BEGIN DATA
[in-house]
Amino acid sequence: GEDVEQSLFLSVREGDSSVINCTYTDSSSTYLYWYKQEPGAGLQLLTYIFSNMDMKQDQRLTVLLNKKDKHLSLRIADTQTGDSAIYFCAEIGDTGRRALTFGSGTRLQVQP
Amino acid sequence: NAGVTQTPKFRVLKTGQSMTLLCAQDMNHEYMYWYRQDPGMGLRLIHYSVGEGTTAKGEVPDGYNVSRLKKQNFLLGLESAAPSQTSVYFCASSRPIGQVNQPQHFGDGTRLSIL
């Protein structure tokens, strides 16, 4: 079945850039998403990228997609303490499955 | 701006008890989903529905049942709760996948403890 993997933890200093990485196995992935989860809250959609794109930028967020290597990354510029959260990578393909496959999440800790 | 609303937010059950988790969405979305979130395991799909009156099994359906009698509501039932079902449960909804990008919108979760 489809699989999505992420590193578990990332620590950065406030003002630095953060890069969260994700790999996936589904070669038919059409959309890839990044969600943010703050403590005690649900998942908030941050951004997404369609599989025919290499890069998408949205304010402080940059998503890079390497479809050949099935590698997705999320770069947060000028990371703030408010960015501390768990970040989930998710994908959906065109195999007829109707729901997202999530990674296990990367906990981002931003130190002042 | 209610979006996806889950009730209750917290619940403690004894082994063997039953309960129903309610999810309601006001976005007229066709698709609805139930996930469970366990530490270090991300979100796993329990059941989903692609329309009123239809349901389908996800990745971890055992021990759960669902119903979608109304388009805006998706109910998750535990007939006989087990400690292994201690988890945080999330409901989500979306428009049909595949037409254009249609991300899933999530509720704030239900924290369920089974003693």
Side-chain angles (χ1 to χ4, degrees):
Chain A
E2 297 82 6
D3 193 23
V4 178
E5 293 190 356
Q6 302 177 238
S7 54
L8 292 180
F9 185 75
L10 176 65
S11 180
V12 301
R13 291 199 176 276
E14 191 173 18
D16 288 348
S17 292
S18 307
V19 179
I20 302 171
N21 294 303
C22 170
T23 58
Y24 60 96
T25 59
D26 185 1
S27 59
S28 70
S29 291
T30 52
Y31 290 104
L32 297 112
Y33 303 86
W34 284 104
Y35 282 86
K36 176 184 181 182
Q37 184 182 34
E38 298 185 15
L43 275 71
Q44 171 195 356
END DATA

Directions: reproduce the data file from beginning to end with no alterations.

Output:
[in-house]
Amino acid sequence: GEDVEQSLFLSVREGDSSVINCTYTDSSSTYLYWYKQEPGAGLQLLTYIFSNMDMKQDQRLTVLLNKKDKHLSLRIADTQTGDSAIYFCAEIGDTGRRALTFGSGTRLQVQP
Amino acid sequence: NAGVTQTPKFRVLKTGQSMTLLCAQDMNHEYMYWYRQDPGMGLRLIHYSVGEGTTAKGEVPDGYNVSRLKKQNFLLGLESAAPSQTSVYFCASSRPIGQVNQPQHFGDGTRLSIL
């Protein structure tokens, strides 16, 4: 079945850039998403990228997609303490499955 | 701006008890989903529905049942709760996948403890 993997933890200093990485196995992935989860809250959609794109930028967020290597990354510029959260990578393909496959999440800790 | 609303937010059950988790969405979305979130395991799909009156099994359906009698509501039932079902449960909804990008919108979760 489809699989999505992420590193578990990332620590950065406030003002630095953060890069969260994700790999996936589904070669038919059409959309890839990044969600943010703050403590005690649900998942908030941050951004997404369609599989025919290499890069998408949205304010402080940059998503890079390497479809050949099935590698997705999320770069947060000028990371703030408010960015501390768990970040989930998710994908959906065109195999007829109707729901997202999530990674296990990367906990981002931003130190002042 | 209610979006996806889950009730209750917290619940403690004894082994063997039953309960129903309610999810309601006001976005007229066709698709609805139930996930469970366990530490270090991300979100796993329990059941989903692609329309009123239809349901389908996800990745971890055992021990759960669902119903979608109304388009805006998706109910998750535990007939006989087990400690292994201690988890945080999330409901989500979306428009049909595949037409254009249609991300899933999530509720704030239900924290369920089974003693």
Side-chain angles (χ1 to χ4, degrees):
Chain A
E2 297 82 6
D3 193 23
V4 178
E5 293 190 356
Q6 302 177 238
S7 54
L8 292 180
F9 185 75
L10 176 65
S11 180
V12 301
R13 291 199 176 276
E14 191 173 18
D16 288 348
S17 292
S18 307
V19 179
I20 302 171
N21 294 303
C22 170
T23 58
Y24 60 96
T25 59
D26 185 1
S27 59
S28 70
S29 291
T30 52
Y31 290 104
L32 297 112
Y33 303 86
W34 284 104
Y35 282 86
K36 176 184 181 182
Q37 184 182 34
E38 298 185 15
L43 275 71
Q44 171 195 356